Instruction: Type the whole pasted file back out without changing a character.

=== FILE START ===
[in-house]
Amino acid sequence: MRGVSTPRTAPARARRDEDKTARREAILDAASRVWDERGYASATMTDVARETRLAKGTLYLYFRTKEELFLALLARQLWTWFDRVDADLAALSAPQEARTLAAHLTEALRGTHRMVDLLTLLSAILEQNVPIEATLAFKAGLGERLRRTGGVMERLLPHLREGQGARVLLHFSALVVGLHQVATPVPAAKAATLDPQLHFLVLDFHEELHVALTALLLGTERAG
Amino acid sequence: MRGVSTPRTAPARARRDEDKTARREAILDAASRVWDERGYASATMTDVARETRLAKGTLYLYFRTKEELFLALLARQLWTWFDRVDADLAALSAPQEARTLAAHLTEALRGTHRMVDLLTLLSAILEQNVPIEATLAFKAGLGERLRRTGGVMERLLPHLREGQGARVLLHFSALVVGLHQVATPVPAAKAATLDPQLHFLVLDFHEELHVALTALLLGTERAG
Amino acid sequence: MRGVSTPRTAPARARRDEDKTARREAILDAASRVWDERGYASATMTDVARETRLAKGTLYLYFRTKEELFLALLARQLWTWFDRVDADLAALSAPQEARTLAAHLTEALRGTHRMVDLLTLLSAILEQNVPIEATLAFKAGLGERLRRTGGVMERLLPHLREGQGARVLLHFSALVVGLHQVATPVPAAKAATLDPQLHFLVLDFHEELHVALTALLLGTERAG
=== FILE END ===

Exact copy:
[in-house]
Amino acid sequence: MRGVSTPRTAPARARRDEDKTARREAILDAASRVWDERGYASATMTDVARETRLAKGTLYLYFRTKEELFLALLARQLWTWFDRVDADLAALSAPQEARTLAAHLTEALRGTHRMVDLLTLLSAILEQNVPIEATLAFKAGLGERLRRTGGVMERLLPHLREGQGARVLLHFSALVVGLHQVATPVPAAKAATLDPQLHFLVLDFHEELHVALTALLLGTERAG
Amino acid sequence: MRGVSTPRTAPARARRDEDKTARREAILDAASRVWDERGYASATMTDVARETRLAKGTLYLYFRTKEELFLALLARQLWTWFDRVDADLAALSAPQEARTLAAHLTEALRGTHRMVDLLTLLSAILEQNVPIEATLAFKAGLGERLRRTGGVMERLLPHLREGQGARVLLHFSALVVGLHQVATPVPAAKAATLDPQLHFLVLDFHEELHVALTALLLGTERAG
Amino acid sequence: MRGVSTPRTAPARARRDEDKTARREAILDAASRVWDERGYASATMTDVARETRLAKGTLYLYFRTKEELFLALLARQLWTWFDRVDADLAALSAPQEARTLAAHLTEALRGTHRMVDLLTLLSAILEQNVPIEATLAFKAGLGERLRRTGGVMERLLPHLREGQGARVLLHFSALVVGLHQVATPVPAAKAATLDPQLHFLVLDFHEELHVALTALLLGTERAG